first, hanks of yarn are dyed in the village in small batches. the yarn is then warped, or formed into lines, typically over a barrel,
as they'll be set up for the actual fabric.
it is then typically brought out into the street by 3 or 4 people where it is "sized." the yarns are stretched sometimes a city block where a starch is applied to the yarns to prep it for weaving.
the starch is made with rice or potato starch and natural oils and is painted onto the yarn where it then dries in the sun.
it washes off eventually, but helps make the yarn easily weavable and protect it during the weaving process.
these "warp" yarns are then dressed and aligned, meaning every single yarn in a length of fabric is lined up and
placed by hand-- hundreds of threads-- so it is ready for yarns to be woven in.
the hand loom itself is a contraption of wooden beams, ropes, weighted sacks and pulleys. once the warp is placed on thewooden loom, the act of weaving begins. a wooden shuttle acts like a needle to weave in yarns throughout-- the weft--creating the fabric. each thread is pushed through by hand via the shuttle. each one.
this is where design comes into play-- creating ikats by intricately placed yarns that have been tied and dyed, creating texture using different yarn thickness (our hand loomed box weave used on the eze caftan is made in this way), using several shuttles for different designs on the borders. it gets quite complex. jamdani, a technique we are using in our next collection, involves small motifs throughout the material. each motif is woven into the loom by hand at precise intervals. this takes huge skill and requires a lot of time and patience.
the fabric isn't perfect. you'll see little specs that get woven into the fabric. the looms aren't in a sterile factory-- they're in open air workshop. things in the air get woven in. i love this.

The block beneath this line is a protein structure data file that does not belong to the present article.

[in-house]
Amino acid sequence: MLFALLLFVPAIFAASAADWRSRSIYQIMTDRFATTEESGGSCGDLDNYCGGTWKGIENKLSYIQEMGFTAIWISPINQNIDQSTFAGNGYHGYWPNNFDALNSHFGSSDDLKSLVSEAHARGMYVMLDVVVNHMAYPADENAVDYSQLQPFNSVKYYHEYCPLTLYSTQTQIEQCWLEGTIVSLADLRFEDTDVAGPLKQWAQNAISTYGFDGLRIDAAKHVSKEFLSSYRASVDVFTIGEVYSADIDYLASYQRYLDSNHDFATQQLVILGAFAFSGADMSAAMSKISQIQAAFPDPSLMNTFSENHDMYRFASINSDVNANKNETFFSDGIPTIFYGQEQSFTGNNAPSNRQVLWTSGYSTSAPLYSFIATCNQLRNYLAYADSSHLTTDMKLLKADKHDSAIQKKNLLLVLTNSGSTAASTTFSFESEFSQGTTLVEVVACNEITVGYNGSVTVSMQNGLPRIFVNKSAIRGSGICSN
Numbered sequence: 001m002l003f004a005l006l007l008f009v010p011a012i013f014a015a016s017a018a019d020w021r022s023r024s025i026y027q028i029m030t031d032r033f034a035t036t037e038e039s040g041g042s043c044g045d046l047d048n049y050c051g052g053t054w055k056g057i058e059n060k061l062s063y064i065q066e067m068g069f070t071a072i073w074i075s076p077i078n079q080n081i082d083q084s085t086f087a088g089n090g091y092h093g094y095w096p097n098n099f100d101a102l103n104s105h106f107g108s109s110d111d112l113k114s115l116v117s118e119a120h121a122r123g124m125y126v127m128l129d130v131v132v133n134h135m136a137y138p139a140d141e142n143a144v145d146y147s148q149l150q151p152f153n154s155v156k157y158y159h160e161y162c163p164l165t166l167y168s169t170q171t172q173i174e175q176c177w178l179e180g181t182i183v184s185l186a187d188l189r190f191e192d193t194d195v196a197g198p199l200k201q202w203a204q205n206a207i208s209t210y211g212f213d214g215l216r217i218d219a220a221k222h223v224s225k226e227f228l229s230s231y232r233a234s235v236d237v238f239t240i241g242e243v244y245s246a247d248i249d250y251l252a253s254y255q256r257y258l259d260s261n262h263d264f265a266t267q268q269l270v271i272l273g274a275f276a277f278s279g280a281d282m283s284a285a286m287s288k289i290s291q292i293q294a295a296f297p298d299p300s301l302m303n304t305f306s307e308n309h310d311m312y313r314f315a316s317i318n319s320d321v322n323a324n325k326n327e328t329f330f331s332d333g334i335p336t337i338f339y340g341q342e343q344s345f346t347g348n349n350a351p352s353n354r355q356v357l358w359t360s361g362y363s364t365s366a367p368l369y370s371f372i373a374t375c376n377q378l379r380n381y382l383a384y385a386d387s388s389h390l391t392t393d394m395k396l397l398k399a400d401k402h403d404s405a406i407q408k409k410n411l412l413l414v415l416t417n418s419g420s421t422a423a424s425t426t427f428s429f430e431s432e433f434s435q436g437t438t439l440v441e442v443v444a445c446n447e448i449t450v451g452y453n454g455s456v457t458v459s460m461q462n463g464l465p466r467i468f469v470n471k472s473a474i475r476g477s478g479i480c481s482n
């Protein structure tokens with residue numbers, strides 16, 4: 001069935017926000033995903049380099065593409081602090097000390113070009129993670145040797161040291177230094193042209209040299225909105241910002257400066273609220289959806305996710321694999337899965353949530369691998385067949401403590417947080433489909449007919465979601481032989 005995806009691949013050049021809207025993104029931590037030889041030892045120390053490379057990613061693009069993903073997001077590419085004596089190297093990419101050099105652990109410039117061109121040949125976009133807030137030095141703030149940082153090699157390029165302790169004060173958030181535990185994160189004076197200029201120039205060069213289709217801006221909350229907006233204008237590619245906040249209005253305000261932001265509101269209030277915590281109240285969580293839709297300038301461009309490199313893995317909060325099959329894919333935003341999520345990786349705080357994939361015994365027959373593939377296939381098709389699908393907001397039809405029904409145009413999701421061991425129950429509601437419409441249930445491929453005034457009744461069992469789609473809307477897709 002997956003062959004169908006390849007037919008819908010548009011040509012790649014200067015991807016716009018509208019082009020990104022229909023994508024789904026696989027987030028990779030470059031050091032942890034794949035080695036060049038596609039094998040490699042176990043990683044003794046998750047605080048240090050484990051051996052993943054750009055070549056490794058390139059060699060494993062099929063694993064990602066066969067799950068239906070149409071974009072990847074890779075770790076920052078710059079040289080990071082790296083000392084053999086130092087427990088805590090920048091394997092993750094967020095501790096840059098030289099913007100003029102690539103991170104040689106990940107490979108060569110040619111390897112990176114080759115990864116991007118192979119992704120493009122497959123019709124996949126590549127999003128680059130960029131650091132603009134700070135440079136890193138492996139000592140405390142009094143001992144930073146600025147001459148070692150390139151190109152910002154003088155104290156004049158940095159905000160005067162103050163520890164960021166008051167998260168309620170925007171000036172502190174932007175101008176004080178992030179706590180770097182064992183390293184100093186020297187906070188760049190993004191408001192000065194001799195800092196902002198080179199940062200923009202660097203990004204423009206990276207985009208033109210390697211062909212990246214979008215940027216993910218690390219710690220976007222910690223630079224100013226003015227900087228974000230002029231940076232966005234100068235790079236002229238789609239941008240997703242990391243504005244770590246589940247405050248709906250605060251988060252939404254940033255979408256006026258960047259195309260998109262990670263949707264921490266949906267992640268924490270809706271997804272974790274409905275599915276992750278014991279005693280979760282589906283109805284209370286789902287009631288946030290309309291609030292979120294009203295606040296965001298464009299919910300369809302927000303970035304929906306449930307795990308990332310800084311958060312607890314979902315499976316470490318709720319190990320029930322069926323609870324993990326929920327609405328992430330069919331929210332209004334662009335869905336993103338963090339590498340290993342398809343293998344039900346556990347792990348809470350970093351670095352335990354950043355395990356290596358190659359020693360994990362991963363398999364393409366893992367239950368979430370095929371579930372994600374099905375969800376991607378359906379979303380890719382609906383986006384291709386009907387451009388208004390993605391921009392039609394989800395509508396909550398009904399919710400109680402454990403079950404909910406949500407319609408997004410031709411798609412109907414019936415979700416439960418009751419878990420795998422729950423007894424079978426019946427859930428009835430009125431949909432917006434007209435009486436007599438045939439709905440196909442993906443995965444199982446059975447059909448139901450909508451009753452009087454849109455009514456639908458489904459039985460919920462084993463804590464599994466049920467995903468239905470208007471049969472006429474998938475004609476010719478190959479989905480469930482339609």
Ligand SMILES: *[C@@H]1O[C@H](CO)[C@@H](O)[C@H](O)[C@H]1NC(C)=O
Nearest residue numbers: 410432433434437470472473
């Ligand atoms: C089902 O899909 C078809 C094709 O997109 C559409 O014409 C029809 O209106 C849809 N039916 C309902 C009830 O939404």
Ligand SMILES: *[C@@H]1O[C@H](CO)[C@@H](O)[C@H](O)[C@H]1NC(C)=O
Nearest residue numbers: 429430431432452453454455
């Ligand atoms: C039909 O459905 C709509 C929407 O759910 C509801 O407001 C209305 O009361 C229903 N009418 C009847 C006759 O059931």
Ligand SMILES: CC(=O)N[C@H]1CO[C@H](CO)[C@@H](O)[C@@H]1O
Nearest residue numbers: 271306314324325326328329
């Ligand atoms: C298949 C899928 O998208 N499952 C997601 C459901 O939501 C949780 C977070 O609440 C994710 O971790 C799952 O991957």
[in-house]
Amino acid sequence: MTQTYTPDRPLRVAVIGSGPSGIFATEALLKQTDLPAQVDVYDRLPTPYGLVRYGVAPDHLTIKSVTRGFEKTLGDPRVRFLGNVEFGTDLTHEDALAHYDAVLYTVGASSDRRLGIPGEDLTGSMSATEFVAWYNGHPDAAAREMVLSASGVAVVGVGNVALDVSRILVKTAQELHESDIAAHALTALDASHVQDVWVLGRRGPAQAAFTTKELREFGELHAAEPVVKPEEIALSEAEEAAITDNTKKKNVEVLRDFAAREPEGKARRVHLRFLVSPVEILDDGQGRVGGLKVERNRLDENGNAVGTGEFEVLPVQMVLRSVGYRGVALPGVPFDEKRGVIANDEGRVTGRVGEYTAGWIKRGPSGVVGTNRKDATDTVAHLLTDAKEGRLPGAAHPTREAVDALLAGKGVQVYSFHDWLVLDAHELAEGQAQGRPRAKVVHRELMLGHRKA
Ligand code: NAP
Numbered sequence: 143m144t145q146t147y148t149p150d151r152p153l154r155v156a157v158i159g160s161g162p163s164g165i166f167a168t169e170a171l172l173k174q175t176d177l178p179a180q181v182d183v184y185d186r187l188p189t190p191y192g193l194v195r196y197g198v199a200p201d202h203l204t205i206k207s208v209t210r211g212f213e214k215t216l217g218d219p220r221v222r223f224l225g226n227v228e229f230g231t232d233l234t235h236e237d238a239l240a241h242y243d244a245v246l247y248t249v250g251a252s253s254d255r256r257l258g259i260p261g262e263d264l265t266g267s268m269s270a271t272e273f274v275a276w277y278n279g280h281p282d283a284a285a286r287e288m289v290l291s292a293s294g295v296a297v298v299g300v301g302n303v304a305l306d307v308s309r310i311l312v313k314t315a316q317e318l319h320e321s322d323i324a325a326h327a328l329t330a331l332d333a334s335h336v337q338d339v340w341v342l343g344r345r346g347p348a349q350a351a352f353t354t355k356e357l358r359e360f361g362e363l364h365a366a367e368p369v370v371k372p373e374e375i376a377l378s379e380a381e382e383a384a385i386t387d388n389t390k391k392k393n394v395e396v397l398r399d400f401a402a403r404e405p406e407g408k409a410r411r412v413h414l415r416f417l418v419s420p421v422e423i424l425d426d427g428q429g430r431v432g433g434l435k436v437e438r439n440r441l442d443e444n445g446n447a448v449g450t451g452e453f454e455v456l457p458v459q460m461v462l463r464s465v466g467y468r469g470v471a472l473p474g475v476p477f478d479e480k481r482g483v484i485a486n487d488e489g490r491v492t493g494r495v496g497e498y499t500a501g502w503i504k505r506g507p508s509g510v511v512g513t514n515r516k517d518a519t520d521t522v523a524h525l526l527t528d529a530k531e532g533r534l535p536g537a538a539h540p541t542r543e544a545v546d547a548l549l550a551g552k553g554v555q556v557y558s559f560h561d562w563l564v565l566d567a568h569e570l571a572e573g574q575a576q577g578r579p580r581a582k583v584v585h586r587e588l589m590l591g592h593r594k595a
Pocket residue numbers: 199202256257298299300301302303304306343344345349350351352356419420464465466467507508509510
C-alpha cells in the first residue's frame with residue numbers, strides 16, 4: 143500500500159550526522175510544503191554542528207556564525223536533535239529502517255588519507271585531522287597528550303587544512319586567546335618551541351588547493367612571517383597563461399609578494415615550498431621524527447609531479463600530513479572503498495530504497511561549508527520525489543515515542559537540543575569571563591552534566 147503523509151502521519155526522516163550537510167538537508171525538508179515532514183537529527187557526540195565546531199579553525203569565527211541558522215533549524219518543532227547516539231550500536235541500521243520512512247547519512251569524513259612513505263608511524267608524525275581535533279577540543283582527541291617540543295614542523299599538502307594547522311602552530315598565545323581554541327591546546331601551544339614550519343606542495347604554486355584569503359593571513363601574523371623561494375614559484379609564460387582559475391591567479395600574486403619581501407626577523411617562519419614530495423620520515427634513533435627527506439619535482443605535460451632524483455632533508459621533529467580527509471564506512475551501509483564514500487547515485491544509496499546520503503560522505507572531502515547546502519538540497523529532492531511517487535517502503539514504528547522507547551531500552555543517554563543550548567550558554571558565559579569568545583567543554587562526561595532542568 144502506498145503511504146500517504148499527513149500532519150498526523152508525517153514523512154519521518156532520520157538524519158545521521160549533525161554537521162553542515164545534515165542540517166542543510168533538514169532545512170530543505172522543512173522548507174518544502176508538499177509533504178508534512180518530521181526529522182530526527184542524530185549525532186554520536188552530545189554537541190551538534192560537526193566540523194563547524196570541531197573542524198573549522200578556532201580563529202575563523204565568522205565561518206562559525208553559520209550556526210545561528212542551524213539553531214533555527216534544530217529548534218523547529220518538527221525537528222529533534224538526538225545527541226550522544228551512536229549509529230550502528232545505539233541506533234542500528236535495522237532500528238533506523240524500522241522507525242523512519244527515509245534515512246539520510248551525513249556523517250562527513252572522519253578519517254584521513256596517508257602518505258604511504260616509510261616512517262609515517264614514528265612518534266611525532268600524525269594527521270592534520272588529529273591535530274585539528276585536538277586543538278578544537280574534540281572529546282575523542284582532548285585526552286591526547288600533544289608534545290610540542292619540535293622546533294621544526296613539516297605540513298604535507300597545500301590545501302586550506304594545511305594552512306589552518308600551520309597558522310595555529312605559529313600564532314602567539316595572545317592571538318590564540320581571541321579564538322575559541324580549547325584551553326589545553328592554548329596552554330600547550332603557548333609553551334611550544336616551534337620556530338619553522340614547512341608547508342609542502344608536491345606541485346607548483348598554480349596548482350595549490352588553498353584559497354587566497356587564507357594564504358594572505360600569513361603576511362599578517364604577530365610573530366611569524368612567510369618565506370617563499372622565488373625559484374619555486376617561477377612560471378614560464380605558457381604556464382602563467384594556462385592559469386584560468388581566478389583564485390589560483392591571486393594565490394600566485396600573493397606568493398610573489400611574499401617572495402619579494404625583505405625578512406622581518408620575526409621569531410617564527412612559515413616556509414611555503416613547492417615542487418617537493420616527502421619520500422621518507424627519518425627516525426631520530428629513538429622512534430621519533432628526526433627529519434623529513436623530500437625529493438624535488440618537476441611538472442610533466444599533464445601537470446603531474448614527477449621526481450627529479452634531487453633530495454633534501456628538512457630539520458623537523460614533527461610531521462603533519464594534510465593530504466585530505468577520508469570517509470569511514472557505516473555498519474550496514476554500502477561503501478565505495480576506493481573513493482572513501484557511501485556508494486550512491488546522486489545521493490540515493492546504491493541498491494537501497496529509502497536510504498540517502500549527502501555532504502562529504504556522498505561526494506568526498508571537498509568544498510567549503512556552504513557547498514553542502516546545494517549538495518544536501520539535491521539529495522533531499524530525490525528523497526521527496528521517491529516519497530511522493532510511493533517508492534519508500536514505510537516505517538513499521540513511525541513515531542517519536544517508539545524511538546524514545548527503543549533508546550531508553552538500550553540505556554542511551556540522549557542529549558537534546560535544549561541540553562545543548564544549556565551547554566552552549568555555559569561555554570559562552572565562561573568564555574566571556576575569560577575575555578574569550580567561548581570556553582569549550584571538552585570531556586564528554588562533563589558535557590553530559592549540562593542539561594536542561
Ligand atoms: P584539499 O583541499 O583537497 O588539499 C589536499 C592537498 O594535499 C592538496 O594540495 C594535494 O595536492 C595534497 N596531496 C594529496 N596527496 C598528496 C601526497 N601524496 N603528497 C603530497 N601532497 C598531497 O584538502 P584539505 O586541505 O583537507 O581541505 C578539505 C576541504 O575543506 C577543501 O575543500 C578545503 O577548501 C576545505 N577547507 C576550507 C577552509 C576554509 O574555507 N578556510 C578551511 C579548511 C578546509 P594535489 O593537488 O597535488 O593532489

once the yarn comes to end, it must be tied to another length of yarn. each and every yarn-- thousands in a piece of fabric. the weaver's fingers have a mind of their own as they tie tiny knots one after another with such speed, i didn't believe they were tying knots. it looks like they are playing guitar on the yarns. incredible.
the result is a richness that you can't replicate with a machine.
it's soft. the human handling in the process helps make give it the softest hand.
yet it's durable. yarns are stretched the way they are on a machine, so they aren't as "tired" when they are stitched into clothing.
it only gets better.
wash it, wear it, throw it in your bag, jump in a pool wearing it, dry it on the porch... it keeps getting softer and draper. we prewash our handloomed fabric with natural enzymes to make them super soft once they are stitched into caftans. but they only get better. still, treat them gently as they are loosely woven, but they will stand the test of time.
it keeps you cool in hot weather and warm in cold weather. the yarns are woven somewhat more loosely, making it possible for air to filter in and out. this creates the unique air like quality and breathability.
there's s reason it's been around for thousands of years. the qualities are really unique and special for a fabric.
handloomed fabric is a huge part of MIRTH. we encourage you to try it, understand it and love it like we do.